"Hello and welcome to Nintendo voice chat I'd Jen's Nintendo podcast this week the week of July thirtieth. Today, we'll be talking about the huge release gasoline intendo bestselling games. The NINTENDO GIG leak ends a lot more I'm your host and this week I'm joined by Friday Tato. Guy Is here to join the show. Perfect. Let's he delivering today. something I might be able to show next week actually. Okay. Cool. Awesome. Okay to do that, build it. Now, I'm thinking of what it could be. A spoiler and I'm also joined today by pair. Snyder. And Zach Ryan. Hello I didn't see their. Her. How many chapters to get through your book while waiting for me together Brooke Myers retired who was supposedly. So yeah, that's true too I. Don't know how to read it. Did you get to the part where the skeleton is link yes. Very. Can, be time. Ns. Skeleton. Mr. Historic Also, have skeletons Brian I. Not. Christ. Disagree agree to disagree that's fine we can agree to disagree. But you can't agree on is that there's nothing coming out for the rest of the year from Nintendo at least as far as we now. Agree on that. Disagree. Last week we got a mini direct, but we still don't know anything that is coming from Nintendo specifically for the rest of this year pair went ahead and put together a really awesome lists. You might of seen it if you follow his twitter about. that. We haven't seen in wild that might be coming I. Say my I mean, this is super speculative. We really don't know but I thought it'd be interesting to go over this list of games to see how many years it's been since we've gotten a new installment of games. Probably. Doesn't say that we're the ones. It's been the longest since we've seen but maybe Now see that's what I was trying to get a I was trying to figure out. All right. Is there a certain cadence and I haven't done this in the past to look at whether there's a certain cadence when intendo renews these Games they there is right Nintendo in order to keep keep the franchises going they. They send life signs out but that doesn't necessarily mean a new installment in May, mean a character inclusion in smash or you know like putting NFC or track in Nintendo land stuff like that. So I don't I don't know how helpful it is to to actually predict what is going to come out and what will come out because like at first I was like. The Games that sell the most are the games that Nintendo puts on a schedule to be renewed at least every four years, and then you go while hold on his animal crossing sold forty million or something at the series, and we have to wait eight years eight years animals. New Leaf right right. But they did have a mobile released. So you know they kind of unhappy designer everyone loved happy. Home Design. Side. So happy home designer. Dave count. Twenty thirteen. They count in the way that they're both animal crossing products. That's definitely fall under the same umbrella. Look. Do. You want to talk about the ones that haven't been renewed in a long time or you know maybe our guest is like I. Think Everybody here has the list in front of them but like our guesses what we think will be revisited next. Yes. Yes, let let's really quickly recap in the last five years. We've gotten paper. Mario Animal. Crossing we've gotten to poke them on like we always get new pok months, Yoshi Lewis Mansion, fire emblem, and some of these like had big gaps. It had been kind of a year since we had another Louisi- mansion it had been. There all been short, really short gaps between these games like Mario and Zelda and Mario Party like they're not long gaps within the games that we haven't seen in the past ten years. They always have really long gaps. It seems. Yeah, I mean the nets Roy yeah. There's a lot of metro happening though you know there was there was a brief period there with with prime. Prime two prime three. Metro Fusion Metro Observer Mission. The Ball Three D. S. and. There's a lot of metro I feel like in a very short timeframe, and then now it's just been forever since we've seen a metro. A new one right we got Simmons returns overseas so. We're looking at kind of they are shortening the gap between with remakes and that's what happened with link's awakening obviously to right we got link's awakening to take the spot in between you know the mixed breath of the wild, the last one, and certainly that happened with metro to with Simas returns and the other game that shall not be named.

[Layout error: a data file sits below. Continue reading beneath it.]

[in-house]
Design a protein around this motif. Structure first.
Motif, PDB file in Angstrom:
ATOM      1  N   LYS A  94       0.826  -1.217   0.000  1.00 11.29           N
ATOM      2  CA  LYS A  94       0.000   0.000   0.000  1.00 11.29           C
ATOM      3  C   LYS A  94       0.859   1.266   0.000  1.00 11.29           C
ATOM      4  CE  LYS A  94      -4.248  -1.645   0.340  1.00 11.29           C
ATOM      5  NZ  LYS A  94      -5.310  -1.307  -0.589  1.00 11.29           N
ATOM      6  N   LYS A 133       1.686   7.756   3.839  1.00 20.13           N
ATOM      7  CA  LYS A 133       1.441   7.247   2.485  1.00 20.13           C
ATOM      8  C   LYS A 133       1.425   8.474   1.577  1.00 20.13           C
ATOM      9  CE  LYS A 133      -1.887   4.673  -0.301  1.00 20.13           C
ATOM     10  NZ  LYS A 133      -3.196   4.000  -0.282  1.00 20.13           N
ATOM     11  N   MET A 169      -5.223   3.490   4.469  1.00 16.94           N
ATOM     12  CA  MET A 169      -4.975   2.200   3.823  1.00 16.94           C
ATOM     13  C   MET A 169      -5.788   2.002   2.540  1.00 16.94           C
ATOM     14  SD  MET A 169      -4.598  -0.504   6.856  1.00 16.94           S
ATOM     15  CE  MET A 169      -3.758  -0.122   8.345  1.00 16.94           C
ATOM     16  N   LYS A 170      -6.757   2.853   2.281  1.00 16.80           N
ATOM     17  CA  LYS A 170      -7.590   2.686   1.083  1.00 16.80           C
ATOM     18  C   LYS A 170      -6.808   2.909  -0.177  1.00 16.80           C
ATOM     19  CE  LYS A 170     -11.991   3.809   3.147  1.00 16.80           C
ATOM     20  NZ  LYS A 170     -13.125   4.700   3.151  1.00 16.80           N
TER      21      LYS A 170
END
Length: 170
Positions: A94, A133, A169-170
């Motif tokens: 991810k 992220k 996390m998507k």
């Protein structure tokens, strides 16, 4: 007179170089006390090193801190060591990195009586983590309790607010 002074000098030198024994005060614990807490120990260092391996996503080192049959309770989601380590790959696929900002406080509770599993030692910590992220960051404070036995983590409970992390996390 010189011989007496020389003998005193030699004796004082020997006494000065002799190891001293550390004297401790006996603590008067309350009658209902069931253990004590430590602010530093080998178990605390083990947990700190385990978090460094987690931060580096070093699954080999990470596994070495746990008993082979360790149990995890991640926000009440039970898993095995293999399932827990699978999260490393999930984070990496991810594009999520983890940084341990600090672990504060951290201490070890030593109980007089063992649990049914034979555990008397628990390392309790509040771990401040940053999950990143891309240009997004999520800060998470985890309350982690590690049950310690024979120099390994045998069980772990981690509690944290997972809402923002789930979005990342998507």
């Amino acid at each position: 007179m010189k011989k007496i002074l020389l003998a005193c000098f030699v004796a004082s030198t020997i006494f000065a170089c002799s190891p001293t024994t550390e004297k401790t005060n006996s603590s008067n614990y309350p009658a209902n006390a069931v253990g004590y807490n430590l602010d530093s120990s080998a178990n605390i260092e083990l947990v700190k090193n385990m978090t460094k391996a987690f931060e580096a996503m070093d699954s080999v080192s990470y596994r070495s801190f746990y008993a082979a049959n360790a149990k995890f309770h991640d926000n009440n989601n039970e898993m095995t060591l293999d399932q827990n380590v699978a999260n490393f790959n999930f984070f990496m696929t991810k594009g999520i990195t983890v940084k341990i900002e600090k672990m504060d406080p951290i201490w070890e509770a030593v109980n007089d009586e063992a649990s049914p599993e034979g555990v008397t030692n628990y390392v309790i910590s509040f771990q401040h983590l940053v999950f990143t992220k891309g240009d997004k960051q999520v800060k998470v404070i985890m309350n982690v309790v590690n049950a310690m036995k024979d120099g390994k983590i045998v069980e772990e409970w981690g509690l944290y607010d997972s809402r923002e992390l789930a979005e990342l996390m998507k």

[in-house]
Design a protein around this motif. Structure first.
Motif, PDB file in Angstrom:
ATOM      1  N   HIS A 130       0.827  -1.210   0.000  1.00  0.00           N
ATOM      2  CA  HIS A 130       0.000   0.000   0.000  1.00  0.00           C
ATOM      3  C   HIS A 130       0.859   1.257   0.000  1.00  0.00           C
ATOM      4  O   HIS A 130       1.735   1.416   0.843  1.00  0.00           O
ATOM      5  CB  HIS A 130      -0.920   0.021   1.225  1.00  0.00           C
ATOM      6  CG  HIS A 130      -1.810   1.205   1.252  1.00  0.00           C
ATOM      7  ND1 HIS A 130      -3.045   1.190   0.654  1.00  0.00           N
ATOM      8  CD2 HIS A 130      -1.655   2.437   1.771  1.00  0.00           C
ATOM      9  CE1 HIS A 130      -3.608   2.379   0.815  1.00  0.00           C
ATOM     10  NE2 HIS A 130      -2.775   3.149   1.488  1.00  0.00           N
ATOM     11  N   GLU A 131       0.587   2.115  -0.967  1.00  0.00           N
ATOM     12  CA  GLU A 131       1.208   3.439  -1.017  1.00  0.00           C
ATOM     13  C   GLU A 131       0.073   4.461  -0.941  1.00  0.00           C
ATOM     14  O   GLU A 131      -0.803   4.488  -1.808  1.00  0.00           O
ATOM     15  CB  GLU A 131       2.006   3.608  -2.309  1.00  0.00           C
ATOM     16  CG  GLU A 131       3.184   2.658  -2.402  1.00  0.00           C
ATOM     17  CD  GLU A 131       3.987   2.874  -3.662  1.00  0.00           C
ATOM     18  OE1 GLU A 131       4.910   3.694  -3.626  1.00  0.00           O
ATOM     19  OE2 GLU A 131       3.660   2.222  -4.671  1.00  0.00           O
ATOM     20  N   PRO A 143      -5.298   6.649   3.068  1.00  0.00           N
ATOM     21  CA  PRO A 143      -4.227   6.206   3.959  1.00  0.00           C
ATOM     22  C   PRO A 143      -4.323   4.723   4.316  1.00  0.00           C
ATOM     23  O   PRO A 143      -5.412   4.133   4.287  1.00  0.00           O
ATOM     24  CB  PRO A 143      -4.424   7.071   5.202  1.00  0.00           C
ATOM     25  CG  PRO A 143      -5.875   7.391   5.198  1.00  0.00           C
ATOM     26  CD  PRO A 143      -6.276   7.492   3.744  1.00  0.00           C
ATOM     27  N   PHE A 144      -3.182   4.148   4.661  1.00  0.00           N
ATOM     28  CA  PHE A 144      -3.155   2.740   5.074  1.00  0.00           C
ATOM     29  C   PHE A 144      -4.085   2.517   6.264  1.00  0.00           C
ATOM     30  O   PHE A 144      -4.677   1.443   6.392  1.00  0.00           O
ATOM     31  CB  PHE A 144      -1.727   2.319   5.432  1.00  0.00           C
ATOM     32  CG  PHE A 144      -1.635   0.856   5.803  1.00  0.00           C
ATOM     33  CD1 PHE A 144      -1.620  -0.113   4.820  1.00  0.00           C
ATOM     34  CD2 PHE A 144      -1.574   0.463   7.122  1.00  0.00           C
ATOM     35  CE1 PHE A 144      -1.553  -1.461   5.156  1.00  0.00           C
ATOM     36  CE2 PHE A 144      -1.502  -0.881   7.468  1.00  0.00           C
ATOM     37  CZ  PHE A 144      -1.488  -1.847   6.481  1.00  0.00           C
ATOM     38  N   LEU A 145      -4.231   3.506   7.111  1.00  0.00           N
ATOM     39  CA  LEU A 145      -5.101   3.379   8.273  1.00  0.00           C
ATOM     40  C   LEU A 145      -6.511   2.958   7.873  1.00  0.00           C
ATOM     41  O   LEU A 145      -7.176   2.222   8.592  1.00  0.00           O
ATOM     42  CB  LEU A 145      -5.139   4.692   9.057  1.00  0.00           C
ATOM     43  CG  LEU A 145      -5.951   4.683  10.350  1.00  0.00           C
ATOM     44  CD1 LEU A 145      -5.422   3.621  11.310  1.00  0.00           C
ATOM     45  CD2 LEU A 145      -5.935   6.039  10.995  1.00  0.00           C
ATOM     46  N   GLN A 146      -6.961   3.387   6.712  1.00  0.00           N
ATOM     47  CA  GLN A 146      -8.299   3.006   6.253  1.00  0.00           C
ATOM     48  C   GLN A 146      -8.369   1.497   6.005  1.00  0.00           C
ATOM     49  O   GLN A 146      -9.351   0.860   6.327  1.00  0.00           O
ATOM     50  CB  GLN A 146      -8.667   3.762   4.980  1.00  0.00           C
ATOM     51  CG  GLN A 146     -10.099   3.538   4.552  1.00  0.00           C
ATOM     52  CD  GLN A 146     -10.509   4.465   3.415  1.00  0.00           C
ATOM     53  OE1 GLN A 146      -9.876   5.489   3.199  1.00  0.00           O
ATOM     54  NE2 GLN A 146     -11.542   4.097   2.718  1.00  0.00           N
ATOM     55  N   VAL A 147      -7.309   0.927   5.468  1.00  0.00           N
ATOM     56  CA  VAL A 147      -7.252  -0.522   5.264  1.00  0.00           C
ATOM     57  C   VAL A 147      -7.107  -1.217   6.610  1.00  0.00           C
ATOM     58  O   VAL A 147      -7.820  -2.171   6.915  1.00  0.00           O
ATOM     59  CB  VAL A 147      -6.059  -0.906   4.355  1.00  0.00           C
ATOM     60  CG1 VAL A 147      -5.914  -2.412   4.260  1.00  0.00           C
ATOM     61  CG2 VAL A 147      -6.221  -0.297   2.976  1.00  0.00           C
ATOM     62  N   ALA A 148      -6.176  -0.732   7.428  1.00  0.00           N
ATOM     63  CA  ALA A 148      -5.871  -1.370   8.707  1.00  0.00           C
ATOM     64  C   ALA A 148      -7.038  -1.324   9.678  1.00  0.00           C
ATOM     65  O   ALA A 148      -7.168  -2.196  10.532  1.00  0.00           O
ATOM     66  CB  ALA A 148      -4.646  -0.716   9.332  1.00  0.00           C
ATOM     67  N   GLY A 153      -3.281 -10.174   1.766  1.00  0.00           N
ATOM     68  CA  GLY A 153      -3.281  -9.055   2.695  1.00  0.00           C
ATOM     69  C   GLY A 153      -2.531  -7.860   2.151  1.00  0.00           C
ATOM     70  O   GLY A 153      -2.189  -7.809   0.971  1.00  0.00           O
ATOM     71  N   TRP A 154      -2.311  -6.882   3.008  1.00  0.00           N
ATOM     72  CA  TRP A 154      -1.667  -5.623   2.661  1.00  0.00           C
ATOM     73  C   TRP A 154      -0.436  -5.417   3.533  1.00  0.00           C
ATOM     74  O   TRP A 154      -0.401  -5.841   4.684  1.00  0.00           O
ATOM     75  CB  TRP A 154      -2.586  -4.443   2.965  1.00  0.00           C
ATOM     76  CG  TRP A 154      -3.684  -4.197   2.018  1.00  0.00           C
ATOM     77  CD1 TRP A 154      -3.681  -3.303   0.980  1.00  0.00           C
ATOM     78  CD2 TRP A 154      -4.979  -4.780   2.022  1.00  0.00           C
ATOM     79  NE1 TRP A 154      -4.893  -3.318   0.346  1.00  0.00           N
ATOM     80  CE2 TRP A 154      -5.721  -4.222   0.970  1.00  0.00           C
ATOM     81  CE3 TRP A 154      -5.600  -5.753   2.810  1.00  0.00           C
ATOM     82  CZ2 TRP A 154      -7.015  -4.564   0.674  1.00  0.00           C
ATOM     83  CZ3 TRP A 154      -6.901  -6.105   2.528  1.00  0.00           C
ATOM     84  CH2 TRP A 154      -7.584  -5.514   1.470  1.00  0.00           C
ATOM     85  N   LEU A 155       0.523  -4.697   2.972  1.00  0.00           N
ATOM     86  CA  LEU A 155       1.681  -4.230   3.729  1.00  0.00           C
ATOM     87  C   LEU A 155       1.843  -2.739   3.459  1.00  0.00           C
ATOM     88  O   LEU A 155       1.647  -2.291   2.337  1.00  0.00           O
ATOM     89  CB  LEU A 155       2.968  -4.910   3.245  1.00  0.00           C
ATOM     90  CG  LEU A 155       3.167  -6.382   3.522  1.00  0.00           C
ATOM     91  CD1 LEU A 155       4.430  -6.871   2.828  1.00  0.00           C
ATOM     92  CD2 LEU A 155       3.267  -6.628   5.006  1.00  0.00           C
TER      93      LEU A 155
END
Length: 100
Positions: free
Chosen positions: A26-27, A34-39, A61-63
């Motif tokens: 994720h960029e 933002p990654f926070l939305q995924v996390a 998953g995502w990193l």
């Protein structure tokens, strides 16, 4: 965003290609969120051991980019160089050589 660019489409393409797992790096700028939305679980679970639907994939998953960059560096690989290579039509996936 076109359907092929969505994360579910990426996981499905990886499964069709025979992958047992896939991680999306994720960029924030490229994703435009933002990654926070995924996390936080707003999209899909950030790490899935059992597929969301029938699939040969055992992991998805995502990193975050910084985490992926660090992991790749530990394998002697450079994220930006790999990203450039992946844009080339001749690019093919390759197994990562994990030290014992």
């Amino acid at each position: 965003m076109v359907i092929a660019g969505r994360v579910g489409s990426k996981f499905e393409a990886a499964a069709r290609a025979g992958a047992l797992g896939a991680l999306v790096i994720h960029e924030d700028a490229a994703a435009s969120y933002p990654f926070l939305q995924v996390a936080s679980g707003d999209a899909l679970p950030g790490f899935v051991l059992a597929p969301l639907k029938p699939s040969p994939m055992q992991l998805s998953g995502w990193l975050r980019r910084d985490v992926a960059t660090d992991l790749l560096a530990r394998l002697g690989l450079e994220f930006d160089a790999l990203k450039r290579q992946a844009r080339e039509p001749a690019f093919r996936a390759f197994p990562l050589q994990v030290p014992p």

Elon Musk's Starlink internet-from-space satellites leave astronomers 'frustrated'